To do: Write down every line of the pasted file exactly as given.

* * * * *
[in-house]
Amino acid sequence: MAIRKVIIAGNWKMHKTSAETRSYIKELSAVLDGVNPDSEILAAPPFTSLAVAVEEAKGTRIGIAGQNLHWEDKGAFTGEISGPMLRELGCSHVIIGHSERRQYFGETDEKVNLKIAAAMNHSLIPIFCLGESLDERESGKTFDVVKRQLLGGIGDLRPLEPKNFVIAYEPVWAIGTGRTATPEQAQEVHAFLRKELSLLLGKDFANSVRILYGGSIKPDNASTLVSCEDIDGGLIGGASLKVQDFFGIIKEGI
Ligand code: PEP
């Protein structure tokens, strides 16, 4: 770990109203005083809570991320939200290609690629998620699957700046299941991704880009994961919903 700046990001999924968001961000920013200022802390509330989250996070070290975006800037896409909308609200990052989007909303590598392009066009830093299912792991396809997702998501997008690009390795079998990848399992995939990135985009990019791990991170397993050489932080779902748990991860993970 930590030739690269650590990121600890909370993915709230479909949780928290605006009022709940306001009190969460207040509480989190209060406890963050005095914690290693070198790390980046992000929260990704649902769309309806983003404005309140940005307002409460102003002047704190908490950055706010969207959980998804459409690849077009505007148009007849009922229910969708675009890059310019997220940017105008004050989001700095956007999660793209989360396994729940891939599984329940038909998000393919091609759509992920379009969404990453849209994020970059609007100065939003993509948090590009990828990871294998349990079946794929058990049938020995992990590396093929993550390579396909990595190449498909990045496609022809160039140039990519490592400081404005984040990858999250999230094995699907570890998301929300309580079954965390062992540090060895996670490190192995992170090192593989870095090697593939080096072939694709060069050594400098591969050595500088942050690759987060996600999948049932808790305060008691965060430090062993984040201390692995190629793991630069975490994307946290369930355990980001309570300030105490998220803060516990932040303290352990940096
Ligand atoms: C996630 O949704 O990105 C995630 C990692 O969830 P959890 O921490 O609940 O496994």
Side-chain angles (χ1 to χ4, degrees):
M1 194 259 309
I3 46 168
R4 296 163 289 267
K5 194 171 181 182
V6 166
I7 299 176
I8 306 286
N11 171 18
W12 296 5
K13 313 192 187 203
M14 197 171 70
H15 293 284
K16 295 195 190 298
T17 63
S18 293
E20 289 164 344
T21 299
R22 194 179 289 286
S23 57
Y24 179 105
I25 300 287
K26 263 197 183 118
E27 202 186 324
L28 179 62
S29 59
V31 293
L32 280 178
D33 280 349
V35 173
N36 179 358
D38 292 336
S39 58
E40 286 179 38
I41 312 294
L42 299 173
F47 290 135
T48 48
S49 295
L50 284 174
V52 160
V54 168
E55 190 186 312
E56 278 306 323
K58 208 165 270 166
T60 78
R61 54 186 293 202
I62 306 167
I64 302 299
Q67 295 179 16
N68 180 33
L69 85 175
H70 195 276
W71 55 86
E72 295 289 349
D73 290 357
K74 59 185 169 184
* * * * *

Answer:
[in-house]
Amino acid sequence: MAIRKVIIAGNWKMHKTSAETRSYIKELSAVLDGVNPDSEILAAPPFTSLAVAVEEAKGTRIGIAGQNLHWEDKGAFTGEISGPMLRELGCSHVIIGHSERRQYFGETDEKVNLKIAAAMNHSLIPIFCLGESLDERESGKTFDVVKRQLLGGIGDLRPLEPKNFVIAYEPVWAIGTGRTATPEQAQEVHAFLRKELSLLLGKDFANSVRILYGGSIKPDNASTLVSCEDIDGGLIGGASLKVQDFFGIIKEGI
Ligand code: PEP
């Protein structure tokens, strides 16, 4: 770990109203005083809570991320939200290609690629998620699957700046299941991704880009994961919903 700046990001999924968001961000920013200022802390509330989250996070070290975006800037896409909308609200990052989007909303590598392009066009830093299912792991396809997702998501997008690009390795079998990848399992995939990135985009990019791990991170397993050489932080779902748990991860993970 930590030739690269650590990121600890909370993915709230479909949780928290605006009022709940306001009190969460207040509480989190209060406890963050005095914690290693070198790390980046992000929260990704649902769309309806983003404005309140940005307002409460102003002047704190908490950055706010969207959980998804459409690849077009505007148009007849009922229910969708675009890059310019997220940017105008004050989001700095956007999660793209989360396994729940891939599984329940038909998000393919091609759509992920379009969404990453849209994020970059609007100065939003993509948090590009990828990871294998349990079946794929058990049938020995992990590396093929993550390579396909990595190449498909990045496609022809160039140039990519490592400081404005984040990858999250999230094995699907570890998301929300309580079954965390062992540090060895996670490190192995992170090192593989870095090697593939080096072939694709060069050594400098591969050595500088942050690759987060996600999948049932808790305060008691965060430090062993984040201390692995190629793991630069975490994307946290369930355990980001309570300030105490998220803060516990932040303290352990940096
Ligand atoms: C996630 O949704 O990105 C995630 C990692 O969830 P959890 O921490 O609940 O496994």
Side-chain angles (χ1 to χ4, degrees):
M1 194 259 309
I3 46 168
R4 296 163 289 267
K5 194 171 181 182
V6 166
I7 299 176
I8 306 286
N11 171 18
W12 296 5
K13 313 192 187 203
M14 197 171 70
H15 293 284
K16 295 195 190 298
T17 63
S18 293
E20 289 164 344
T21 299
R22 194 179 289 286
S23 57
Y24 179 105
I25 300 287
K26 263 197 183 118
E27 202 186 324
L28 179 62
S29 59
V31 293
L32 280 178
D33 280 349
V35 173
N36 179 358
D38 292 336
S39 58
E40 286 179 38
I41 312 294
L42 299 173
F47 290 135
T48 48
S49 295
L50 284 174
V52 160
V54 168
E55 190 186 312
E56 278 306 323
K58 208 165 270 166
T60 78
R61 54 186 293 202
I62 306 167
I64 302 299
Q67 295 179 16
N68 180 33
L69 85 175
H70 195 276
W71 55 86
E72 295 289 349
D73 290 357
K74 59 185 169 184